20. If there's a JTL brand, then it's a JTL. After that, there were higher quality violins produced, and some excellent makers who did produce some very fine "copies d'ancien." Take a look at the the Viaduct violins site for a wide variety of JTL examples, some quite "artistic" and even "quirky."
  21. Curious. New pegs and tail piece, but why black out the interior of the pegbox?
  22. Whenever pictures of what might be a high quality violin show up on MN, I usually PM the poster and suggest they seek out a reputable expert. It seems that several other "regulars" do so as well. Photos like this would have probably ellicited that sort of response from several people here, "hard to tell from the photos" in public, and "show it to..." in private.
  23. The number of high quality makers that seem to have been building on the back is actually quite impressive. Besides the Neapolitans and the Piemontese like Catenar and Cappa, the Brescians, the Milanese (before Landolfi and Guad), Contreras, the Parisians like Pierray and Boquet, the Dutch like Jacobs and Rombouts, the English like Parker, and of course the higher quality Saxon makers. It seems as if no one was using an inside mold besides the Amati family until their apprentices and some mobile family members started spreading the technique towards the end of the 1600's. In many places where the makers were doing just fine with their own methods, there was no point in changing. In others, like Piacenza, Mantua, Venice, Absam, Mittenwald, Vienna and Prague the Cremonese method got imported, adopted, and sometimes adapted, in places like Regensburg where the inside mold seems to have been combined with a through neck.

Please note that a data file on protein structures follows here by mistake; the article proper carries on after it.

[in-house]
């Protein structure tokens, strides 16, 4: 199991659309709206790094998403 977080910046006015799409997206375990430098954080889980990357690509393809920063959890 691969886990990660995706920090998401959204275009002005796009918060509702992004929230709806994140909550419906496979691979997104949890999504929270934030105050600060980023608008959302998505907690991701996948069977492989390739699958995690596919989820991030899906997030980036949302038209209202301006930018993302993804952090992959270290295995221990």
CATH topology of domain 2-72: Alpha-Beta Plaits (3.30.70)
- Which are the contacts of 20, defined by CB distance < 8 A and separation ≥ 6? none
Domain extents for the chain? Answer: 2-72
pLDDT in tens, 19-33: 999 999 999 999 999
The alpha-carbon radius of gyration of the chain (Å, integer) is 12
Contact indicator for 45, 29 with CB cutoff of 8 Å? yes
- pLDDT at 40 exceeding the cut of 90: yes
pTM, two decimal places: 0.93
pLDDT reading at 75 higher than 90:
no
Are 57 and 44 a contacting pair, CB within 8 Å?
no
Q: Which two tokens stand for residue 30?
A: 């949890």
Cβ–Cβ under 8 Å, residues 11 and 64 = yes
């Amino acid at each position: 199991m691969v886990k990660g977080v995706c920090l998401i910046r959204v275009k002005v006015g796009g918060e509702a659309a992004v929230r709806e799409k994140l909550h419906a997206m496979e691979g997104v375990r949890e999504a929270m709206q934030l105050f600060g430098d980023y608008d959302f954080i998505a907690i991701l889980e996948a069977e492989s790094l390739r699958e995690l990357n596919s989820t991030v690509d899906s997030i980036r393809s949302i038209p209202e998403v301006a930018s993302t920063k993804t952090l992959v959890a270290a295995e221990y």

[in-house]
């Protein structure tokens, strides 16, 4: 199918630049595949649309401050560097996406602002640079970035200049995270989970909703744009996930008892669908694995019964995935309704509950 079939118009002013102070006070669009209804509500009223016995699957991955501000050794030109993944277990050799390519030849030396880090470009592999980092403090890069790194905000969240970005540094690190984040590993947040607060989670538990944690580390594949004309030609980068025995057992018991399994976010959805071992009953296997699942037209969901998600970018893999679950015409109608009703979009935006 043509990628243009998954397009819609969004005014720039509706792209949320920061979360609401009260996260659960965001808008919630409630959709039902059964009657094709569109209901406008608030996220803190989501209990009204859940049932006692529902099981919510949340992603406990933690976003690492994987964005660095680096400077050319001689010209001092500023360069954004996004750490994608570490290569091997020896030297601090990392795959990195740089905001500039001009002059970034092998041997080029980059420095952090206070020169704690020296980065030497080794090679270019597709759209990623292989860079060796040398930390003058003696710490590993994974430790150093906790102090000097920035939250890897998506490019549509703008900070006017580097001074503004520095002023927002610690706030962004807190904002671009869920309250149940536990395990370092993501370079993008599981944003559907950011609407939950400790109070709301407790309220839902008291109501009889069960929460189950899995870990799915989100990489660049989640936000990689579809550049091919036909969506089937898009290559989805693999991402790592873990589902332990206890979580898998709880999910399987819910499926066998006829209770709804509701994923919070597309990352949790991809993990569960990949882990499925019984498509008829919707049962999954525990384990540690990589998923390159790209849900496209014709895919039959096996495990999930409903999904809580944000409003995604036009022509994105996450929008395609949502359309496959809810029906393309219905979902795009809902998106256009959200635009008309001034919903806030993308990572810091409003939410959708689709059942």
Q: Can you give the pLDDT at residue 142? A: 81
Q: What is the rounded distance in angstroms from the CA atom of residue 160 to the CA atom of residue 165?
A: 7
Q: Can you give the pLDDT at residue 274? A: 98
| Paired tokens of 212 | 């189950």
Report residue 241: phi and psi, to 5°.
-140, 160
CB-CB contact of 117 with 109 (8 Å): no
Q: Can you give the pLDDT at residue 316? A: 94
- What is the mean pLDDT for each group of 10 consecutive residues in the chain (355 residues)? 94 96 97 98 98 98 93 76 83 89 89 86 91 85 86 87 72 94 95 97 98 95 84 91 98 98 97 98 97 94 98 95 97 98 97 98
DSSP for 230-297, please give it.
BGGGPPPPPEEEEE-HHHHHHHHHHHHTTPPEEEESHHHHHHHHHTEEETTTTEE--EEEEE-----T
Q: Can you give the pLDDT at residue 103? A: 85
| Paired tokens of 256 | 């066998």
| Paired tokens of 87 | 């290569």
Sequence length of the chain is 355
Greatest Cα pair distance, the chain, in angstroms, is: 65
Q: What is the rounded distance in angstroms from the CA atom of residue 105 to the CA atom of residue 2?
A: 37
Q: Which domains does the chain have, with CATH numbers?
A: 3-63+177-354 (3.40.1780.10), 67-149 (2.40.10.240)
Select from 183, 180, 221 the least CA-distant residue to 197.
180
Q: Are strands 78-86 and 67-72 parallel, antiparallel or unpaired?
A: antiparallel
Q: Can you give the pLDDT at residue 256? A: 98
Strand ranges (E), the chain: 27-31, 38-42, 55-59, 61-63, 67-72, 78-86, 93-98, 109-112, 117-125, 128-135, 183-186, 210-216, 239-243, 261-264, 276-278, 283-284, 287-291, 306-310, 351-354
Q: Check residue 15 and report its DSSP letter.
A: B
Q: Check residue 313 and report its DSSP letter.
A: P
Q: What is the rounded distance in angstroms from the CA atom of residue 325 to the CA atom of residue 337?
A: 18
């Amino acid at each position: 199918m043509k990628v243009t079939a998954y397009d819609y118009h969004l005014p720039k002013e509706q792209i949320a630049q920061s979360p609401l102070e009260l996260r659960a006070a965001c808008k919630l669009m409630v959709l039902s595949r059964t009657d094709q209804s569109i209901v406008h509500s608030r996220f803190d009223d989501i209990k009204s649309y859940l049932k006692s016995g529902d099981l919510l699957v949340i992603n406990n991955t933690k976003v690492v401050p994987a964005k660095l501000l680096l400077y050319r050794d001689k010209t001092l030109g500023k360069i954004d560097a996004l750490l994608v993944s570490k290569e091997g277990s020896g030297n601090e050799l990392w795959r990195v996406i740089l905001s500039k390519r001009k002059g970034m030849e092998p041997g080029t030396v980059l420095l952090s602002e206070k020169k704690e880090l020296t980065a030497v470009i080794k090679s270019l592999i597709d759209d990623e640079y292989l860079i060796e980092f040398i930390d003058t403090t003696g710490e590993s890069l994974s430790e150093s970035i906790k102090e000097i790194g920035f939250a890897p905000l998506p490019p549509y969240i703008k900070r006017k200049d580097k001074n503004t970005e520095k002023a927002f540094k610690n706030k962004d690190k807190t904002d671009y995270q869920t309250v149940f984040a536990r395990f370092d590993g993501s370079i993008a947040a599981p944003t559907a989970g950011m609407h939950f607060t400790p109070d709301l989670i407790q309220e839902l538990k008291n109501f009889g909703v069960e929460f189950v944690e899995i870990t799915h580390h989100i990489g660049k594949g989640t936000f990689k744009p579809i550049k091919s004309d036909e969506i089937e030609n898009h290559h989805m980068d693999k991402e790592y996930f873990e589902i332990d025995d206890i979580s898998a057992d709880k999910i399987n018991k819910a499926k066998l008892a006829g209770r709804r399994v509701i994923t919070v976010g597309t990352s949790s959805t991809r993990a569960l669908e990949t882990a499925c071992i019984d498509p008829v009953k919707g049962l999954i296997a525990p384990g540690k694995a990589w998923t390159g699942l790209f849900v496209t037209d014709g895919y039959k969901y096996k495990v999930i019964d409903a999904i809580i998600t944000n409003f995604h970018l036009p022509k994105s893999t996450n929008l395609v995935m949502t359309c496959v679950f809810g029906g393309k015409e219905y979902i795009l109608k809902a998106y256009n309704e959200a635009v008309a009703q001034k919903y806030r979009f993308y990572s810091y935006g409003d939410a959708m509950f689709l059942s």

24. Bruce, does this "new" Filius also have a long body stop? I'm wondering if the same influences that led Stradivari to make his long-pattern (and Rogeri his Maggini copies) didn't also inspire some other makers to start trying long body stops at this time (Joseph Filius and Alessandro Gagliano, for instance).
×
×
  • Create New...